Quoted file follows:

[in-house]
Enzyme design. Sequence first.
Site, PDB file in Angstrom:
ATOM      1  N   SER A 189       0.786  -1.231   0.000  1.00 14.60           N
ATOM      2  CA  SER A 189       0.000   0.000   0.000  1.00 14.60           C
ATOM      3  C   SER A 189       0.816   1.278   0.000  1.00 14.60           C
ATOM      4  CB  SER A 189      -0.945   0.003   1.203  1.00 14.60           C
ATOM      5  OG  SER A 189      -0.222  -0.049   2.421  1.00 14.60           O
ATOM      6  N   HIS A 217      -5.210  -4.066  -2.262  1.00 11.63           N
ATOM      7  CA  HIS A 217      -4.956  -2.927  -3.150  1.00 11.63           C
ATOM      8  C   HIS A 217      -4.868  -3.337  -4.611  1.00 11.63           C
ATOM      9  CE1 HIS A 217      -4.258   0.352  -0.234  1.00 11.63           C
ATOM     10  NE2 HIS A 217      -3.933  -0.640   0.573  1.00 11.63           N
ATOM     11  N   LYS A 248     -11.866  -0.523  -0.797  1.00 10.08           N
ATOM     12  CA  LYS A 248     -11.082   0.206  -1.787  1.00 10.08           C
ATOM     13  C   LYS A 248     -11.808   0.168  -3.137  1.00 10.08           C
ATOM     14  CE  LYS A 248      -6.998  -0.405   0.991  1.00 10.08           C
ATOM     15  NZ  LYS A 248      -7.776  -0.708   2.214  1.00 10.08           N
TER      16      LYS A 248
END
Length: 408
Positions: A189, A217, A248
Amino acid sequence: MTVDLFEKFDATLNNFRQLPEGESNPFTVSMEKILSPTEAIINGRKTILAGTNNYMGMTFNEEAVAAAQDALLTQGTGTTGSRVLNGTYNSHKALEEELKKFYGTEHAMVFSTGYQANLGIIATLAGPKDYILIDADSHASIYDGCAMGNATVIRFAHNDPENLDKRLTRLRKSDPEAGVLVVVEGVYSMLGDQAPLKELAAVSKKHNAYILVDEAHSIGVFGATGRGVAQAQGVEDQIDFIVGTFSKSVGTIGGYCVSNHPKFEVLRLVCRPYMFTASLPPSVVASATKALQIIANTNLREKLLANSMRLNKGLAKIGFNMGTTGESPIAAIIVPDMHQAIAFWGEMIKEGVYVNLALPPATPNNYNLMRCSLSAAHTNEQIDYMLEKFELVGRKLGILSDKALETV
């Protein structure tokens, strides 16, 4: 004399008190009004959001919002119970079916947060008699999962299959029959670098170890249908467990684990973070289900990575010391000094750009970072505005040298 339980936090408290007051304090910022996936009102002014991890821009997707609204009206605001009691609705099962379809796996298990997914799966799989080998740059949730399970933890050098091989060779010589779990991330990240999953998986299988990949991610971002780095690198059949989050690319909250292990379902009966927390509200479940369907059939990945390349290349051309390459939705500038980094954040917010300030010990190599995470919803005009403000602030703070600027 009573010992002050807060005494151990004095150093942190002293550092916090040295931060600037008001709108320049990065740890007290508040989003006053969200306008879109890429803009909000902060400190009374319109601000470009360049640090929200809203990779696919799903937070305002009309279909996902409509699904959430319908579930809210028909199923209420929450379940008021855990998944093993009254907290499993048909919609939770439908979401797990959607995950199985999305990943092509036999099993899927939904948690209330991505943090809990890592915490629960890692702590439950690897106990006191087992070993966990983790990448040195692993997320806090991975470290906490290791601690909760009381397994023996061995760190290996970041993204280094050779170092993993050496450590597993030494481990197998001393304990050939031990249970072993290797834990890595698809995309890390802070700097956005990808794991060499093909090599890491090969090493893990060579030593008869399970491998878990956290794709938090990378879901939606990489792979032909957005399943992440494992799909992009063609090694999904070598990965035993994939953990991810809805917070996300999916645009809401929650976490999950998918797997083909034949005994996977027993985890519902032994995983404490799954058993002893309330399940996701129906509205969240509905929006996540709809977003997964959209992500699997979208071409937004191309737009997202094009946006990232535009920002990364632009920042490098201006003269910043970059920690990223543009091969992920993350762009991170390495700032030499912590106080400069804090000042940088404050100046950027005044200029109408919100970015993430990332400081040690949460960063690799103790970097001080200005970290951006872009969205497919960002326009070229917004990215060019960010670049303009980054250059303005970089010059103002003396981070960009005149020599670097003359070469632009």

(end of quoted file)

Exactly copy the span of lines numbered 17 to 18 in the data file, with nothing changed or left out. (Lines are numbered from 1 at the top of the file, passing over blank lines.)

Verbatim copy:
ATOM     14  CE  LYS A 248      -6.998  -0.405   0.991  1.00 10.08           C
ATOM     15  NZ  LYS A 248      -7.776  -0.708   2.214  1.00 10.08           N